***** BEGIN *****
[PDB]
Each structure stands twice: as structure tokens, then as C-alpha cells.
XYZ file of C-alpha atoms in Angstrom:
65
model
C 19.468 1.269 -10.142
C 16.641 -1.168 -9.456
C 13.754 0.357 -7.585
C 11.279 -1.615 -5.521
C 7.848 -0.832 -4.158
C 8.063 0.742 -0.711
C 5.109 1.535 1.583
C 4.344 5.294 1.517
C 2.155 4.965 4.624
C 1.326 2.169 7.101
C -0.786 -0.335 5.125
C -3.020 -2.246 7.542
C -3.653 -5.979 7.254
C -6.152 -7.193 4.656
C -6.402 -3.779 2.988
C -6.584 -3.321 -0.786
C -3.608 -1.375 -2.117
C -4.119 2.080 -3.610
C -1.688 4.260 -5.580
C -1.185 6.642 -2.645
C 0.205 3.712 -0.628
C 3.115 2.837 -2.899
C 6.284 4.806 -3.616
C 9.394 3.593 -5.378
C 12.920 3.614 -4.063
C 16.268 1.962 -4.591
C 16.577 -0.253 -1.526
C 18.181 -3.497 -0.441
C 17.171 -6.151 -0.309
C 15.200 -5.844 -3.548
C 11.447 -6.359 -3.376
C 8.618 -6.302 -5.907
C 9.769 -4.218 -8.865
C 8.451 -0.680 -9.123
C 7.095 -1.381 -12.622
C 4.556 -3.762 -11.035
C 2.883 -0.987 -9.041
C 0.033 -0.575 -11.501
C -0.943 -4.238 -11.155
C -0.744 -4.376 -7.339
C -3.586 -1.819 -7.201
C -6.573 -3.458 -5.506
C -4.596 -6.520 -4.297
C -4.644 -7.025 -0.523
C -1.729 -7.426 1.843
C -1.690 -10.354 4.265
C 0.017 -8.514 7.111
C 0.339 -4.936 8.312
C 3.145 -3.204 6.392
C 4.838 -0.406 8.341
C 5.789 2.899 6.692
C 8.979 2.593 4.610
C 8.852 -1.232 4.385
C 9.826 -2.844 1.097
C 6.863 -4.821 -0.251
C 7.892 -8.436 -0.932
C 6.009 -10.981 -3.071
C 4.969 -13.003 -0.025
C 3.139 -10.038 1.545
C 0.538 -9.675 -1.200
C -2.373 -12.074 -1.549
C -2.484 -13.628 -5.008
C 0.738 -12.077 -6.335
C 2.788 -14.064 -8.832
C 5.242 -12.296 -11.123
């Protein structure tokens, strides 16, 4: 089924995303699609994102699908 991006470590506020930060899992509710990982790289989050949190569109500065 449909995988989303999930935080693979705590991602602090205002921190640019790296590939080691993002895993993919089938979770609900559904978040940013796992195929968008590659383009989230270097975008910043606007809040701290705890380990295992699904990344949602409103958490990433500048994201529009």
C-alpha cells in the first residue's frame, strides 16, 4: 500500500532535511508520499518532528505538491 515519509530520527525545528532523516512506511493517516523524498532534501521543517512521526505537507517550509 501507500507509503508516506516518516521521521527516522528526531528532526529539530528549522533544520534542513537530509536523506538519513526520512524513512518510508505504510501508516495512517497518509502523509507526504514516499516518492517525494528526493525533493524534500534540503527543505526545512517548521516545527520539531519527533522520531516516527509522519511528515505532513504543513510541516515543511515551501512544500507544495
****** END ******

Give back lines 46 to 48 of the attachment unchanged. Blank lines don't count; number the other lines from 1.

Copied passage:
C -3.586 -1.819 -7.201
C -6.573 -3.458 -5.506
C -4.596 -6.520 -4.297